GCP to raise new money for ‘boring’ high yielding fund


#1

Originally published at: http://whichinvestmenttrust.com/gcp-to-raise-new-money-for-boring-high-yielding-fund/
GCP Project Finance is hoping to double in size to invest in providing project finance loans secured against physical assets or secure contracts with lengthy durations, and delivering a dividend to shareholders of around 6%. GCP or Gravis Capital Partners, was founded by a Corporate finance team from property company DTZ, who specialised in arranging…


#2

6% is a really high dividend but I wonder if they can really achieve it. Also, will it grow in time or is it just fixed at 6%?

I’m temped by this but looks like I need to move really fast. Love to know what anyone else thinks about it.
I think this would be good for my Mum as well, she’s always complaining about the awful rate she get’s on her cash ISA. If it is easy for her to get the dividend.


#3

It’s quite easy to get your dividends out from ATS but if your Mum has a cash ISA and depending on how much she wants to invest, you need to be careful to consider the costs of the platform. I think XO is a cheap platform but I’m not sure how easy it is to use.

This looks a pretty sound investment though @donnat, both of the other two GCP trusts have been pretty sound and it’s nice to see the partners have invested heavily themselves in it too.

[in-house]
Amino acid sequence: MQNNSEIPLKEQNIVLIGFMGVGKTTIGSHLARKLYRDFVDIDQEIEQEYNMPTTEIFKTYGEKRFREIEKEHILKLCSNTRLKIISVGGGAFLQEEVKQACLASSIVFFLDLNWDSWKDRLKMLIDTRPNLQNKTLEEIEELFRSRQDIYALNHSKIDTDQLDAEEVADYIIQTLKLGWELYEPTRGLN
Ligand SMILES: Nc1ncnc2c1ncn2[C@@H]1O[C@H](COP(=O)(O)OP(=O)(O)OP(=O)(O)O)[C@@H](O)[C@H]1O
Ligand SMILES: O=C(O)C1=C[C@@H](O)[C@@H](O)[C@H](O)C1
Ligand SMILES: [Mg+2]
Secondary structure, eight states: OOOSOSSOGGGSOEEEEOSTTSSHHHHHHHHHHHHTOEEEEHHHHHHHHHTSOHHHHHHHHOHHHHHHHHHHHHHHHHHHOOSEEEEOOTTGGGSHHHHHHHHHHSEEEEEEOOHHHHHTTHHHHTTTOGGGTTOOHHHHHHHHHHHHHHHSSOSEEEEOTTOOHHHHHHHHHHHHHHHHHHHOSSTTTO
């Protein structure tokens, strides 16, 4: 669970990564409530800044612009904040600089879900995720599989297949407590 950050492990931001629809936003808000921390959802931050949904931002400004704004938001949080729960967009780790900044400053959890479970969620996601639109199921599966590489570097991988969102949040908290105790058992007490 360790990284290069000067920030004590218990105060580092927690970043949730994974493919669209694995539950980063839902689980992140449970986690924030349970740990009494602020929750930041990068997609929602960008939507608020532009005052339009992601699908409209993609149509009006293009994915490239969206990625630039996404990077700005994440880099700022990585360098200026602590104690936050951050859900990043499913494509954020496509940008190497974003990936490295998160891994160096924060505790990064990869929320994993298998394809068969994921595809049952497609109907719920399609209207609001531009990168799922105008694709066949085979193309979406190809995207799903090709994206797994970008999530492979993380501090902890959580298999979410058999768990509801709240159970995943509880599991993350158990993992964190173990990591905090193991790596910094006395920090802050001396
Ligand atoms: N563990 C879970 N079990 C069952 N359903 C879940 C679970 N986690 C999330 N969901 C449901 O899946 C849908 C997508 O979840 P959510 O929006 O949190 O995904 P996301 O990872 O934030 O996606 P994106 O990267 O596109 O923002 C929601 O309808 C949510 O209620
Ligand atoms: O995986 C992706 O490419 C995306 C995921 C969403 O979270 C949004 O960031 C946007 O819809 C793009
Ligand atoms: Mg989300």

Fees aint too outrageous either.

Best be quick if you want to get in to this one though!


#4

This will be great as long as we don’t get inflation but without inflation how else is the western world going to pay off its debts.

They would need to build in inflation protection for this to interest me I’m afraid.

Have a look at Henderson Diversified Income, they’ve got bucket loads of senior secure debt but it comes with inflation protection. Me prefers that version of senior debt.


#5

Not quite inflation protection, more like protection against rises in interest rates. Secured loans have floating rates of interest that are linked to LIBOR (or equivalent), so the interest paid will rise when LIBOR rises - assuming that the company doesn’t go bust. Whilst rates might rise to combat rising inflation, they would fall in response to the rate of incease in inflation slowing down. So the interest payments would then be reduced although the difference in inflation between now and then would not, at which point the inflation-adjusted purchasing power of those payments would be reduced. For protection against inflation then interest rates that are specifically linked to inflation is required.